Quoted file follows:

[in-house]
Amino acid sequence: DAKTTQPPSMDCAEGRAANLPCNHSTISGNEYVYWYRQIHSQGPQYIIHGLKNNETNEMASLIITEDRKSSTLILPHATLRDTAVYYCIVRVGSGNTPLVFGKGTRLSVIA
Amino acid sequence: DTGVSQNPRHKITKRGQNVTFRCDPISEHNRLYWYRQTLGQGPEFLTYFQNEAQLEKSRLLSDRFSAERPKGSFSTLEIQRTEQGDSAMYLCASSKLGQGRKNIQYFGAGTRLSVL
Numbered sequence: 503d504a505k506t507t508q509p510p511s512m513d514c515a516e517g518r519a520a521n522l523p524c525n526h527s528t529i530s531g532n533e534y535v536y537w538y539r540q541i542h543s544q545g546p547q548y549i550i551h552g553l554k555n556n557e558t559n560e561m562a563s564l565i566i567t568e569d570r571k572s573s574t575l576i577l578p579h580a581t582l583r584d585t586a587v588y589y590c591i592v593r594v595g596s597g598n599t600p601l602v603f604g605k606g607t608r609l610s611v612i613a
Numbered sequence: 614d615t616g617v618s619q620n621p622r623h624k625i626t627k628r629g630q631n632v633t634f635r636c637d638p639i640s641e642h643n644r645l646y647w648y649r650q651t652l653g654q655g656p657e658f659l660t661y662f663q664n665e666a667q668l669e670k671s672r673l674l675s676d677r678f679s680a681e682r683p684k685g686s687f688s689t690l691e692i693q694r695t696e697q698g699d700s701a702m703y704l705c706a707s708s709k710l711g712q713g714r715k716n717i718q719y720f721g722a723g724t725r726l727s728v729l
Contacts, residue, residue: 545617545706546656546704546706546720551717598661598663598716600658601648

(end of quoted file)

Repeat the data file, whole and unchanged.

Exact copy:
[in-house]
Amino acid sequence: DAKTTQPPSMDCAEGRAANLPCNHSTISGNEYVYWYRQIHSQGPQYIIHGLKNNETNEMASLIITEDRKSSTLILPHATLRDTAVYYCIVRVGSGNTPLVFGKGTRLSVIA
Amino acid sequence: DTGVSQNPRHKITKRGQNVTFRCDPISEHNRLYWYRQTLGQGPEFLTYFQNEAQLEKSRLLSDRFSAERPKGSFSTLEIQRTEQGDSAMYLCASSKLGQGRKNIQYFGAGTRLSVL
Numbered sequence: 503d504a505k506t507t508q509p510p511s512m513d514c515a516e517g518r519a520a521n522l523p524c525n526h527s528t529i530s531g532n533e534y535v536y537w538y539r540q541i542h543s544q545g546p547q548y549i550i551h552g553l554k555n556n557e558t559n560e561m562a563s564l565i566i567t568e569d570r571k572s573s574t575l576i577l578p579h580a581t582l583r584d585t586a587v588y589y590c591i592v593r594v595g596s597g598n599t600p601l602v603f604g605k606g607t608r609l610s611v612i613a
Numbered sequence: 614d615t616g617v618s619q620n621p622r623h624k625i626t627k628r629g630q631n632v633t634f635r636c637d638p639i640s641e642h643n644r645l646y647w648y649r650q651t652l653g654q655g656p657e658f659l660t661y662f663q664n665e666a667q668l669e670k671s672r673l674l675s676d677r678f679s680a681e682r683p684k685g686s687f688s689t690l691e692i693q694r695t696e697q698g699d700s701a702m703y704l705c706a707s708s709k710l711g712q713g714r715k716n717i718q719y720f721g722a723g724t725r726l727s728v729l
Contacts, residue, residue: 545617545706546656546704546706546720551717598661598663598716600658601648